Posts Tagged ‘opticalillusion’
Reuters photographer Yves Herman captured this peculiar photograph at a match between the Belgian and French national soccer teams yesterday. The photograph has attracted the Internet’s attention due to the fact that it makes 28-year-old soccer player Mathieu Valbuena look like a child playing among men.
Swiss photographers Taiyo Onorato and Nico Krebs (yes, the ones who created a large format camera out of books) have a clever series of photos that uses wooden beams to play around with a few things photographers often think about: lines, angles, and perspective.
For each of the photos, the duo constructed a structure of wooden beams that blends in with buildings in the background from the perspective of the camera. The resulting scene looks as though the wood magically connects the lines of the buildings with the foreground.
We’ve shared a number of photography-inspired tattoos in the past, but here’s a concept we’ve never seen before. Brunssum, Netherlands-based tattoo artist Helma van der Weide created this optical illusion tattoo for her daughter Lotte van den Acker‘s forearm. All Lotte needs to do to show off her passion for photography is cover up her eyes with her arm and voila! Instant photography!
Her camera choice is a good one. She chose an old school Asahi Pentax 35mm SLR, a camera that made such a splash after it was announced in 1957 that it influenced the design of subsequent 35mm SLRs around the world for years to come. The popular K1000 model was launched in 1976.
Thanks for sending in the tip, Dan!
Image credits: Photograph by Helma van der Weide/Tattoo Helma
YouTube illusion and science channel Brusspup recently did an anamorphic illusion project in which he photographed a few random objects resting on a piece of paper (e.g. a Rubik’s cube, a roll of tape, and a shoe), skewed them, printed them out as high-resolution prints, and then photographed them at an angle to make the prints look just like the original objects.
The photograph above may look like it shows a photo of apples mounted to a wall, but it actually shows real apples that were packed into a neat little square. Turkish artist and photographer Sakir Gökçebag has an entire series of photographs showing various fruits and vegetables carefully sliced up and placed into neat arrangements.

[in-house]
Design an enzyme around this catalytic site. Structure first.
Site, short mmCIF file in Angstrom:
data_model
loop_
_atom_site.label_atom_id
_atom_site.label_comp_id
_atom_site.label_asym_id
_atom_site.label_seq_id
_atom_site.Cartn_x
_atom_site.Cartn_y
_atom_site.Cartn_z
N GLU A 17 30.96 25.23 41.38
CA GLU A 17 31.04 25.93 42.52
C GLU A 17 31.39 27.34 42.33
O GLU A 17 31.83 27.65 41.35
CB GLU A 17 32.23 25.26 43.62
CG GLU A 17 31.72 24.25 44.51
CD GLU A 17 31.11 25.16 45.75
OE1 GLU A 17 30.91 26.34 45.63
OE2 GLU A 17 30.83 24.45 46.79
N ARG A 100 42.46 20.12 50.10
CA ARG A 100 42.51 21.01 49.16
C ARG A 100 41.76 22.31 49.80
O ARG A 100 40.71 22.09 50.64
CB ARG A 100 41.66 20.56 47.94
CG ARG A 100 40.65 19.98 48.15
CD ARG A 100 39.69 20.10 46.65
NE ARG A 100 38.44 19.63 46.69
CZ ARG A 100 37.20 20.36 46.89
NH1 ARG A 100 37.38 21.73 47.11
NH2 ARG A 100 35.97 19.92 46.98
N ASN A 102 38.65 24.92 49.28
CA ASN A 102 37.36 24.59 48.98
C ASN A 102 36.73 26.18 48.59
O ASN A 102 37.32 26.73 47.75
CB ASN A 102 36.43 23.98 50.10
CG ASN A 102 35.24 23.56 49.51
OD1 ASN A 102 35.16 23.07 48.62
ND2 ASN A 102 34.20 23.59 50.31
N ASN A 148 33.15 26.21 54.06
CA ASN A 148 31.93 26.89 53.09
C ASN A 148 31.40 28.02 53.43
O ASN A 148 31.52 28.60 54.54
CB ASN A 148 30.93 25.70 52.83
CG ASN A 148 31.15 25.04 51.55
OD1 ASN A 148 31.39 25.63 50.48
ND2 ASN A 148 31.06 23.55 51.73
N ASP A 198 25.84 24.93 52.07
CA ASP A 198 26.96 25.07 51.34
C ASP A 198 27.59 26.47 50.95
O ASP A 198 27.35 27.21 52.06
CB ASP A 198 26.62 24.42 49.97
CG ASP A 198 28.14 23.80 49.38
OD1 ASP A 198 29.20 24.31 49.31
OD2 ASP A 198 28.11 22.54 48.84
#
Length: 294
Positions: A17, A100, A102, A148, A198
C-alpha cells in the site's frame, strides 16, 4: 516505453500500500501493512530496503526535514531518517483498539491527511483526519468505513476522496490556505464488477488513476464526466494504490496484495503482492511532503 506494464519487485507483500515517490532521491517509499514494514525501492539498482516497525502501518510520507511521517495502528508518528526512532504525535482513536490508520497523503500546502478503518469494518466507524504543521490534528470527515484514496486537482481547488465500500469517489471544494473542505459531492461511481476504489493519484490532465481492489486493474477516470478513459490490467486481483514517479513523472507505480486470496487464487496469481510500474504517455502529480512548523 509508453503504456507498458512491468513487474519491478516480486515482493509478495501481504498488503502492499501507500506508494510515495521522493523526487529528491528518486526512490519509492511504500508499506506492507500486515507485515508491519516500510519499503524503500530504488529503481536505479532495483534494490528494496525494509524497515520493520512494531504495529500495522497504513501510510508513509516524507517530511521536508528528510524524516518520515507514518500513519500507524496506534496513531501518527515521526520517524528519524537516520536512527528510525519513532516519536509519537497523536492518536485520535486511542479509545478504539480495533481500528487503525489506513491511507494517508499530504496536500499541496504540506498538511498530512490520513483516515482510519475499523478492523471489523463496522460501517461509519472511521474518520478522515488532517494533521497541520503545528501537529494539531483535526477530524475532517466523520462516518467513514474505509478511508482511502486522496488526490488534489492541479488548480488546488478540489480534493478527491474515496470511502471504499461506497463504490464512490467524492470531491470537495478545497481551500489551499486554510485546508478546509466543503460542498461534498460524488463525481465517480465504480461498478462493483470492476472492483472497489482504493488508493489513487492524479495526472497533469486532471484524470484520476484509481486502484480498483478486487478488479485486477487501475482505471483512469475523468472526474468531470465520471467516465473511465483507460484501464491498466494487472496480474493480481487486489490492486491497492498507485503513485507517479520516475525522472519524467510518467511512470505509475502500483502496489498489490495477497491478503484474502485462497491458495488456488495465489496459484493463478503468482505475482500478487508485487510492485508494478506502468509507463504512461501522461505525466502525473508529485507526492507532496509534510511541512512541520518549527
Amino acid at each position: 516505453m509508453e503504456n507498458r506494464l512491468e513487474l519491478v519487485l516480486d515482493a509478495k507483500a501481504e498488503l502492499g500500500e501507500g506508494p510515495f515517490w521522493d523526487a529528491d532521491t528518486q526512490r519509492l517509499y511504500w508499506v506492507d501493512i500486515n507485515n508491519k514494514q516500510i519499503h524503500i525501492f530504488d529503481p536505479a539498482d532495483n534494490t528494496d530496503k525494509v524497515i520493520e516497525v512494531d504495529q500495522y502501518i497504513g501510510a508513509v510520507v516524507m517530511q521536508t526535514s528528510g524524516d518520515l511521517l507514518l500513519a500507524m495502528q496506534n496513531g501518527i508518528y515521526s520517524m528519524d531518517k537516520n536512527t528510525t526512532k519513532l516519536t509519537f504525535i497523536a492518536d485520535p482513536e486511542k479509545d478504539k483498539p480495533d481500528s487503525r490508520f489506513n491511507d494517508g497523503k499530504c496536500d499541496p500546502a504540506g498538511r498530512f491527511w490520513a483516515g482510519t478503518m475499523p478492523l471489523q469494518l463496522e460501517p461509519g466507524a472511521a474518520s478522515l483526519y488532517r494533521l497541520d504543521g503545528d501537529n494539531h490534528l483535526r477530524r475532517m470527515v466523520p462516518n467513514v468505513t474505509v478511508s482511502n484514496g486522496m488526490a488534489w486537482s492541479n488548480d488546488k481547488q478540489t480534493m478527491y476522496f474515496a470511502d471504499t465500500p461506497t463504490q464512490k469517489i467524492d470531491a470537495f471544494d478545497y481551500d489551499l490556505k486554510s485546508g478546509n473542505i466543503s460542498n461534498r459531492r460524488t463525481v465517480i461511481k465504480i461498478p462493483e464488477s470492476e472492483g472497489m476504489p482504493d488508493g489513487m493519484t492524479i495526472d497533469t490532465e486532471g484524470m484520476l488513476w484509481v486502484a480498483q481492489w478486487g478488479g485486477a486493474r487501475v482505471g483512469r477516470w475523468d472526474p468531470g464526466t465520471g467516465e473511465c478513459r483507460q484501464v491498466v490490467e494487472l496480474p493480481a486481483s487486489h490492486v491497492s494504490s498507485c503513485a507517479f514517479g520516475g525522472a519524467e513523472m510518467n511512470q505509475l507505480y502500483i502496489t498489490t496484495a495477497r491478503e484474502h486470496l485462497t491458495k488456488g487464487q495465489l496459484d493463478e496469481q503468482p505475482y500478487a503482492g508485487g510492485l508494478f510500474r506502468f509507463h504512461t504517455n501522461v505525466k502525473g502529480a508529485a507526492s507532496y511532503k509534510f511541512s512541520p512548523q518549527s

Have you ever wondered how Lord of the Rings director Peter Jackson made Frodo Baggins the hobbit so much smaller than Gandalf the wizard? Aside from using CGI and child body doubles, the filmmaking team also employed brilliant forced perspective techniques that tricked viewers with optical illusions.
World travel bloggers Michael Powell and Jürgen Horn recently visited the The Trick Eye Museum in South Korea, where visitors can snap humorous and mind-bending pictures of themselves interacting with various painted rooms. They write,
If you don’t like having your picture taken, stay far away from the Trick Eye Museum, which is also not recommended for anyone who’s overly serious. Or those who have any semblance of pride. Basically, if you’re not willing to act like an idiot in front of the camera, you won’t have any fun here. But everyone else, and especially kids, should prepare for a good time.
The entire point of this “museum” is to provide setups for funny pictures. An upside-down room makes it look like you’re standing on the ceiling. Stand in front of Mona Lisa with a paintbrush. Lay down on the floor and hang on for dear life to the painting of a cliff.
Dutch photographers Anuschka Blommers and Niels Schumm shot a series of photographs for a Dove ad campaign that uses the Thatcher effect for some stealthy creepiness. The effect is created by flipping a portrait upside down while keeping the eyes and/or mouth right side up. The human brain has a difficult time detecting these subtle “local” changes, and the portraits may look normal until you see them flipped. Try turning your monitor or head to look at these images upside down.